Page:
Yes, some babies are like this and will eventually grow out of it after 3 months or so. It’s nothing to worry about as long as you’re feeding your baby enough during the day so that he doesn’t get hungry at night. If your little one wakes up at night crying and hungry then you should try to wake him less during the day. Also make sure you don’t fall into the trap that some parents do, which is to feed the baby as soon as he cries. Babies can cry for many reasons other than being hungry. Try your best to see if he’s really hungry or maybe just needs his diaper changed or something else.

My baby sleeps all night and all day, is this bad?

No, some babies are like this. They sleep a lot during the day and all night as well. If your little one sleeps all night and all day then there is absolutely no need to worry since everything is fine. Some babies are just like this and there is nothing wrong with them.

My baby is a newborn but he seems to be very sleepy during the day, is this normal?

Yes, some newborns sleep a lot during the day. As long as you’re feeding your little one enough during the day so that he doesn’t get hungry then everything is fine. On the other hand if your little one wakes up at night and cries then you should try to wake him less during the day. Most babies grow out of this sleepy phase during their first month.

I’ve tried everything but my baby just won’t sleep!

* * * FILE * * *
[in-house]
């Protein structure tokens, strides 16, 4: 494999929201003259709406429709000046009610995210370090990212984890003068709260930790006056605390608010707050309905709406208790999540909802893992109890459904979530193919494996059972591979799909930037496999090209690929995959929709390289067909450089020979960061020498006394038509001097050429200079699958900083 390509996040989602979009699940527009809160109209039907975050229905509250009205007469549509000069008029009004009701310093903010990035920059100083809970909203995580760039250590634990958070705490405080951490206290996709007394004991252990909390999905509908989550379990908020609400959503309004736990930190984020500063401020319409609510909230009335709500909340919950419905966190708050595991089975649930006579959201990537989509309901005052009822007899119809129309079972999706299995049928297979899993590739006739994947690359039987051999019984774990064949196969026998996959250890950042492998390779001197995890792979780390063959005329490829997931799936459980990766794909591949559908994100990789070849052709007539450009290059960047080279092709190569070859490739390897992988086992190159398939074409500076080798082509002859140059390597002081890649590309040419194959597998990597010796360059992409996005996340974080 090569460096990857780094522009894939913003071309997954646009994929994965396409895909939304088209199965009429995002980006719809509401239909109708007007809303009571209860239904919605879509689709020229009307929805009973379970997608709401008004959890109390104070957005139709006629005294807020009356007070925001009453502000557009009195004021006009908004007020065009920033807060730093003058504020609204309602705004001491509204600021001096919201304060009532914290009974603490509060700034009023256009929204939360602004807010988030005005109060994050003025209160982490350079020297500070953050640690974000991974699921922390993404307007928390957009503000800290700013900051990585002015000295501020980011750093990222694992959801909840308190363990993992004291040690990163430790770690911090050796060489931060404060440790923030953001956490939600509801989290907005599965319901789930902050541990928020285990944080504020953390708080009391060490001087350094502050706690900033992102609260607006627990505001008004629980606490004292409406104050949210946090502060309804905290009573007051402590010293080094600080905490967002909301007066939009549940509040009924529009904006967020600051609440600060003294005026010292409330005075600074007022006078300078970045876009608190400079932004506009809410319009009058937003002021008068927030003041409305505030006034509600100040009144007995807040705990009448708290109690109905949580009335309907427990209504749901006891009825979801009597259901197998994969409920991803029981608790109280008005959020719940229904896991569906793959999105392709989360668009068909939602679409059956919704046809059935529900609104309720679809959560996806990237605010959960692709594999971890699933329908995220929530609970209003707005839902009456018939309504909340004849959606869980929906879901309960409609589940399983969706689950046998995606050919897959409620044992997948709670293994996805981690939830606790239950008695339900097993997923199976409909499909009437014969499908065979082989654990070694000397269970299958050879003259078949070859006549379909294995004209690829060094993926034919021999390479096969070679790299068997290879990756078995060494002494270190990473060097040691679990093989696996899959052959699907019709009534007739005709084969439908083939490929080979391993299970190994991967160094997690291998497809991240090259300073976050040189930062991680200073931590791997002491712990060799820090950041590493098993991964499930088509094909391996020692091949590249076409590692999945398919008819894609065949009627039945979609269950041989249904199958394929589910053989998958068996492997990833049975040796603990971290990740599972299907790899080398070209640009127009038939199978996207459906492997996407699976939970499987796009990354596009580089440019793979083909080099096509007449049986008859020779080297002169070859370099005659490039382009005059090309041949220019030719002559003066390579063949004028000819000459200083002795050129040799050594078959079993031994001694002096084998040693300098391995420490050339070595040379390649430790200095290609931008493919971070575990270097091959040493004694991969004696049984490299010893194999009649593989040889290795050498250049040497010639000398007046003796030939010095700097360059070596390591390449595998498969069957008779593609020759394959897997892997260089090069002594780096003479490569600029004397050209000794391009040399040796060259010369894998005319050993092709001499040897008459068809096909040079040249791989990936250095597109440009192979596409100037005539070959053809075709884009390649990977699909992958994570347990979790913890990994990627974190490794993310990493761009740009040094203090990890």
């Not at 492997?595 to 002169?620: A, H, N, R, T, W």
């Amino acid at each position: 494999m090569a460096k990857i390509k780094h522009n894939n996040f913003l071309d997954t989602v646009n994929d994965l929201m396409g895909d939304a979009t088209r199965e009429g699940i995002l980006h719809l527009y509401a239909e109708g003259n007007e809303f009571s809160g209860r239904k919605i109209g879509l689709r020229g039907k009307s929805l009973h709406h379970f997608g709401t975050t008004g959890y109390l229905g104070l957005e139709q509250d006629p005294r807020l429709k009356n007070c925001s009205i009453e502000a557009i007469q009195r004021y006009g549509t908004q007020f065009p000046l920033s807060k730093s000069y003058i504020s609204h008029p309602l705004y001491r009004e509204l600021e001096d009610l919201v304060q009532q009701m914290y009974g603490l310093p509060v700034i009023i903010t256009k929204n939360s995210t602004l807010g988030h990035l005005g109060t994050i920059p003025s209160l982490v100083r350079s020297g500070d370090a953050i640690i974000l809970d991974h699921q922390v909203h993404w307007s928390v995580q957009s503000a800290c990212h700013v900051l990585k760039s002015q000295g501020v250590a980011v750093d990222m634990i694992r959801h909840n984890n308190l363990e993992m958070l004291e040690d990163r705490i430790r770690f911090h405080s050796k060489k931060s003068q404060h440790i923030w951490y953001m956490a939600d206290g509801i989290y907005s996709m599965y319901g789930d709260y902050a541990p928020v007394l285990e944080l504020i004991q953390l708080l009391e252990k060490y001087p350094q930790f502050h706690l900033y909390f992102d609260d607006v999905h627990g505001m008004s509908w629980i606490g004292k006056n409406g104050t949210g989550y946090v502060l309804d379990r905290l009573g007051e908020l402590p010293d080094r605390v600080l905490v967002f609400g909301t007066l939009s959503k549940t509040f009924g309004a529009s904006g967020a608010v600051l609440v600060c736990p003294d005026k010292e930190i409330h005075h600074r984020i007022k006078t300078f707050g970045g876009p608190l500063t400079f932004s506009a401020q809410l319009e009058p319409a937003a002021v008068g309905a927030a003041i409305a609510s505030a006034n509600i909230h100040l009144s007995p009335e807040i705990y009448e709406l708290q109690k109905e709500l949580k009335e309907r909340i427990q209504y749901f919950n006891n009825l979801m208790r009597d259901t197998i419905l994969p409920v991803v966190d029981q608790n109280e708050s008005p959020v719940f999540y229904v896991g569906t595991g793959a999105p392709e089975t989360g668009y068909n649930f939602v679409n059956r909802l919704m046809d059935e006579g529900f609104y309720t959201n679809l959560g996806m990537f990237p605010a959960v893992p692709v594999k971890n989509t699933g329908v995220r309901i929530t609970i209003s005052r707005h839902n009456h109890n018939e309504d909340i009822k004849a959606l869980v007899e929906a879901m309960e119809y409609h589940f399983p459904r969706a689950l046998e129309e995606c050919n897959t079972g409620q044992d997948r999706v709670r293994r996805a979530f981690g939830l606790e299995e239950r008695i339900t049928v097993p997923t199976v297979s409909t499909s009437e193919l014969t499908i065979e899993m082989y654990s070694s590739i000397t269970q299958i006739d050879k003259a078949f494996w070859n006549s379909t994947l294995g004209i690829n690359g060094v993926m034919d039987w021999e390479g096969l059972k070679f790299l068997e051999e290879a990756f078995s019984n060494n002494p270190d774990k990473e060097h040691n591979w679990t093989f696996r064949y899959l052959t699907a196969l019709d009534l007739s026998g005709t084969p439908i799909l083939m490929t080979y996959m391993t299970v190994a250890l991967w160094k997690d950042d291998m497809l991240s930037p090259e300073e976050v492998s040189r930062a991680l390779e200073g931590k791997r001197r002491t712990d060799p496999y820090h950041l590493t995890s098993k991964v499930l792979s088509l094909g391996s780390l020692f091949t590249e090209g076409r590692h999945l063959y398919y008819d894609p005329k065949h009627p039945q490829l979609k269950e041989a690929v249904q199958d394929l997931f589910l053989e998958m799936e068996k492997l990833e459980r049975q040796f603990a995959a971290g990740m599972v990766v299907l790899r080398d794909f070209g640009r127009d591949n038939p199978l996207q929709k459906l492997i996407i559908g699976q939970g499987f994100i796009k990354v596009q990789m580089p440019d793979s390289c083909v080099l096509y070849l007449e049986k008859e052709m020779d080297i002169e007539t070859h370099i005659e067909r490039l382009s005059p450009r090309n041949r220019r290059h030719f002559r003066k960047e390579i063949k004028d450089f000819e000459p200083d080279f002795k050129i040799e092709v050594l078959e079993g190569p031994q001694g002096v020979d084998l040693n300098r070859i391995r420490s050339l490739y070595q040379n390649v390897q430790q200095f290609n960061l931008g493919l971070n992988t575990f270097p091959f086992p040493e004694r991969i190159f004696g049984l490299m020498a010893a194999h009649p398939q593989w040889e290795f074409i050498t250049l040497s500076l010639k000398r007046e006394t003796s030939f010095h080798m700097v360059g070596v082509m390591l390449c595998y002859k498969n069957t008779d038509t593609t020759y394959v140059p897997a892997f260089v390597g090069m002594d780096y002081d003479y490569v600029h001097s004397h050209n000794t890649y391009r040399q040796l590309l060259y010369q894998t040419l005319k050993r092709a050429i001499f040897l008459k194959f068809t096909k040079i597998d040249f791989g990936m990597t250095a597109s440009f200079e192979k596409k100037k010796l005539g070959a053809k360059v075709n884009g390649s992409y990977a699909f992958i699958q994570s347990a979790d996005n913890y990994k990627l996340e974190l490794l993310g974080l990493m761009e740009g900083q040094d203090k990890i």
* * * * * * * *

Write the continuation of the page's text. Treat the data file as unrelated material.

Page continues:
If you’ve tried all the advice above and you’re still having problems with your little one then you should try the methods listed below. Again these are very extreme measures so don’t think I’m recommending them to you. I’m only listing them so that you can read about them in case you want to try them.

The first thing you can do is to let your little one “cry it out”. This method basically involves letting your baby cry alone in his crib until he falls asleep. This sounds inhumane but it does work, sometimes. There are many ways of doing this and you should choose the one that you think will work best for you and your family.

The second thing you can do is to take your baby into bed with you and let him sleep with you. I’m sure all of you already know that this is not the safest thing but it does help out a lot in the sleep department. Of course this doesn’t work after they get older since they are likely to roll over in their sleep and end up killing themselves. You should also remember to eventually wean them from the bed because, as with everything in life, there is no free lunch.

If you do decide on this option then just be careful.

The last thing you can do is to never let your baby cry. That’s right; never let him cry no matter what. Some parents feel that babies cannot really feel pain or understand what is going on when they are being left alone to cry, especially if they have something to suck on. Others feel that it’s just a part of life and that you shouldn’t protect your child from the world.

There is much controversy about this issue and many books have been written on the subject so I won’t take a side in this debate. All I will say is if you do decide to adopt this policy then you should hide all knives and weapons in your house since there is always the chance that your little bundle of joy might find them.

If you’ve tried everything above and your little one won’t sleep then you should probably see a doctor. There is probably something wrong with your baby.

Q: The baby won’t stop crying, what should I do?

A: Let him cry.